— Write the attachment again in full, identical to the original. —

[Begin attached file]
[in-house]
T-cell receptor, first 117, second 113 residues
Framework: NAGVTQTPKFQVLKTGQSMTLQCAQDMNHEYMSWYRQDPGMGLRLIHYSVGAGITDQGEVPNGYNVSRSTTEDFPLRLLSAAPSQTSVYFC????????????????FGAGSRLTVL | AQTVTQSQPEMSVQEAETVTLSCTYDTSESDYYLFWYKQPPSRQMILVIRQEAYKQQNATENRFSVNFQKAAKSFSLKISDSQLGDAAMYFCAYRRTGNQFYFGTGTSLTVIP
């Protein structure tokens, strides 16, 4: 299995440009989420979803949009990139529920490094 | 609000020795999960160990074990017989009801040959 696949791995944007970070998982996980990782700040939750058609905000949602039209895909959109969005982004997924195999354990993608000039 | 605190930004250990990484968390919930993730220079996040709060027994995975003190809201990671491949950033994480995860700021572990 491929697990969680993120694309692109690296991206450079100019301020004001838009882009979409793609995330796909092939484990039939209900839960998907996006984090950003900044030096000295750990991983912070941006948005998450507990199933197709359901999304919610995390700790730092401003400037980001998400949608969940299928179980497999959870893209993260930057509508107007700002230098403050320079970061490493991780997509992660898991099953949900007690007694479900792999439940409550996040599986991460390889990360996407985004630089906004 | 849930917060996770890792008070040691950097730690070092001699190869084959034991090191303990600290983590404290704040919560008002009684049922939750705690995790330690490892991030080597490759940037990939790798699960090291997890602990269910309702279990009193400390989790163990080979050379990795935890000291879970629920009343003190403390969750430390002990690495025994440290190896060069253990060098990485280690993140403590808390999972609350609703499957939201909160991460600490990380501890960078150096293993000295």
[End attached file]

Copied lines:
[in-house]
T-cell receptor, first 117, second 113 residues
Framework: NAGVTQTPKFQVLKTGQSMTLQCAQDMNHEYMSWYRQDPGMGLRLIHYSVGAGITDQGEVPNGYNVSRSTTEDFPLRLLSAAPSQTSVYFC????????????????FGAGSRLTVL | AQTVTQSQPEMSVQEAETVTLSCTYDTSESDYYLFWYKQPPSRQMILVIRQEAYKQQNATENRFSVNFQKAAKSFSLKISDSQLGDAAMYFCAYRRTGNQFYFGTGTSLTVIP
């Protein structure tokens, strides 16, 4: 299995440009989420979803949009990139529920490094 | 609000020795999960160990074990017989009801040959 696949791995944007970070998982996980990782700040939750058609905000949602039209895909959109969005982004997924195999354990993608000039 | 605190930004250990990484968390919930993730220079996040709060027994995975003190809201990671491949950033994480995860700021572990 491929697990969680993120694309692109690296991206450079100019301020004001838009882009979409793609995330796909092939484990039939209900839960998907996006984090950003900044030096000295750990991983912070941006948005998450507990199933197709359901999304919610995390700790730092401003400037980001998400949608969940299928179980497999959870893209993260930057509508107007700002230098403050320079970061490493991780997509992660898991099953949900007690007694479900792999439940409550996040599986991460390889990360996407985004630089906004 | 849930917060996770890792008070040691950097730690070092001699190869084959034991090191303990600290983590404290704040919560008002009684049922939750705690995790330690490892991030080597490759940037990939790798699960090291997890602990269910309702279990009193400390989790163990080979050379990795935890000291879970629920009343003190403390969750430390002990690495025994440290190896060069253990060098990485280690993140403590808390999972609350609703499957939201909160991460600490990380501890960078150096293993000295």